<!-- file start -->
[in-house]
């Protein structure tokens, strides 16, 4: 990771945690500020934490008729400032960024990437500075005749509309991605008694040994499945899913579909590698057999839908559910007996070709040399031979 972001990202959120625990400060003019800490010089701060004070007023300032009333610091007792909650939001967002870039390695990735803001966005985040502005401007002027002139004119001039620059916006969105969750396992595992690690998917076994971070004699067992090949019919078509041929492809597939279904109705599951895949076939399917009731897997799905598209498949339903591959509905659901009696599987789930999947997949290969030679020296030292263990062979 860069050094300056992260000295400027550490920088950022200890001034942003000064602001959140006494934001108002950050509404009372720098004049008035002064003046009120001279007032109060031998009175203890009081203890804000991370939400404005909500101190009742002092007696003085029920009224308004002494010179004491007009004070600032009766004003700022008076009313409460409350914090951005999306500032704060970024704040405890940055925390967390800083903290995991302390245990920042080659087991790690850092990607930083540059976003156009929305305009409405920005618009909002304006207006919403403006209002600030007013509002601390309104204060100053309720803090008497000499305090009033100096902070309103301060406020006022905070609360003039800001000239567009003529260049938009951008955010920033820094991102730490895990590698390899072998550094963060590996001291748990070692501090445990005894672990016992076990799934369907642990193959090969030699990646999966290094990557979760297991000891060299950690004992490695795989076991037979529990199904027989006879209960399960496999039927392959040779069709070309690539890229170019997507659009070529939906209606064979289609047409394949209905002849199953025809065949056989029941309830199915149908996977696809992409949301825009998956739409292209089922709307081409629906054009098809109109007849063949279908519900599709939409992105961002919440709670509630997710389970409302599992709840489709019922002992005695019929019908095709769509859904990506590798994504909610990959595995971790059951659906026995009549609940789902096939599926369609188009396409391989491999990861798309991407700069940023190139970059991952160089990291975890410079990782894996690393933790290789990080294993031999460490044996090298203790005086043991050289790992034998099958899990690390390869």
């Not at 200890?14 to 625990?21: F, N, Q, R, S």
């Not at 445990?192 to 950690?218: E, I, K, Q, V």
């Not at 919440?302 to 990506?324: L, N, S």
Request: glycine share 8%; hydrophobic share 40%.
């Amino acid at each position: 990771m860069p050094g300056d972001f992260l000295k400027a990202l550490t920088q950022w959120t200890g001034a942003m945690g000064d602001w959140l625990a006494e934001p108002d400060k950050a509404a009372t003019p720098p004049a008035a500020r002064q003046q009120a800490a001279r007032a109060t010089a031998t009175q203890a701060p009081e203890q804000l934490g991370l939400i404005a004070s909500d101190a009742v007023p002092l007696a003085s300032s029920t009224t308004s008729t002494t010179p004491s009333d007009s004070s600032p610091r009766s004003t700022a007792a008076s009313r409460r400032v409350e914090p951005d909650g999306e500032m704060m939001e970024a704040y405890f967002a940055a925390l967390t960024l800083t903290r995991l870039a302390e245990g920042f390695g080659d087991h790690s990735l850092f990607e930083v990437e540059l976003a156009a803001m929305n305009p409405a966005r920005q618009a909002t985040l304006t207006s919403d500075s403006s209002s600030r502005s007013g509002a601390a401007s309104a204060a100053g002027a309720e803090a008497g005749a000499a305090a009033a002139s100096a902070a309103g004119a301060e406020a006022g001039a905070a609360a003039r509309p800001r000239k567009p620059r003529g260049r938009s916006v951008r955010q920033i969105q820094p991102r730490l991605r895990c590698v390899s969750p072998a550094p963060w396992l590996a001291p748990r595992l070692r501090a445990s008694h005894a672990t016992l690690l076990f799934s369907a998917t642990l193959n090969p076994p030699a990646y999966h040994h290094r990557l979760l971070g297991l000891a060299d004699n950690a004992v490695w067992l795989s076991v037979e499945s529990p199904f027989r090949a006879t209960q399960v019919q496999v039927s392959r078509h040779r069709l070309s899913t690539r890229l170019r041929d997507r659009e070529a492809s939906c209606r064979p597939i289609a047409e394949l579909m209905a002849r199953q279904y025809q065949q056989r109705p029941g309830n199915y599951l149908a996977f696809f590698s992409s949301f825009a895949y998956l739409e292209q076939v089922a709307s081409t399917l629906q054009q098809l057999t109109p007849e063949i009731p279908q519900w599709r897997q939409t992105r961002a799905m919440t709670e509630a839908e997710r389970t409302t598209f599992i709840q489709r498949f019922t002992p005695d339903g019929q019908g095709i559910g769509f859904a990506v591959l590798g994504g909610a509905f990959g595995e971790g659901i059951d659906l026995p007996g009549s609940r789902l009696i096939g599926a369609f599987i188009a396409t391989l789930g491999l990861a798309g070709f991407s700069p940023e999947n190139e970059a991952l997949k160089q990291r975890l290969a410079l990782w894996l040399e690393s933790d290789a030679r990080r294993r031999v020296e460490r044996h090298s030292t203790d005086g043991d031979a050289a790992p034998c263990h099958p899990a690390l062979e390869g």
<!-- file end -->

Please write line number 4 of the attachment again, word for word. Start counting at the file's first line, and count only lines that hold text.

């Not at 445990?192 to 950690?218: E, I, K, Q, V």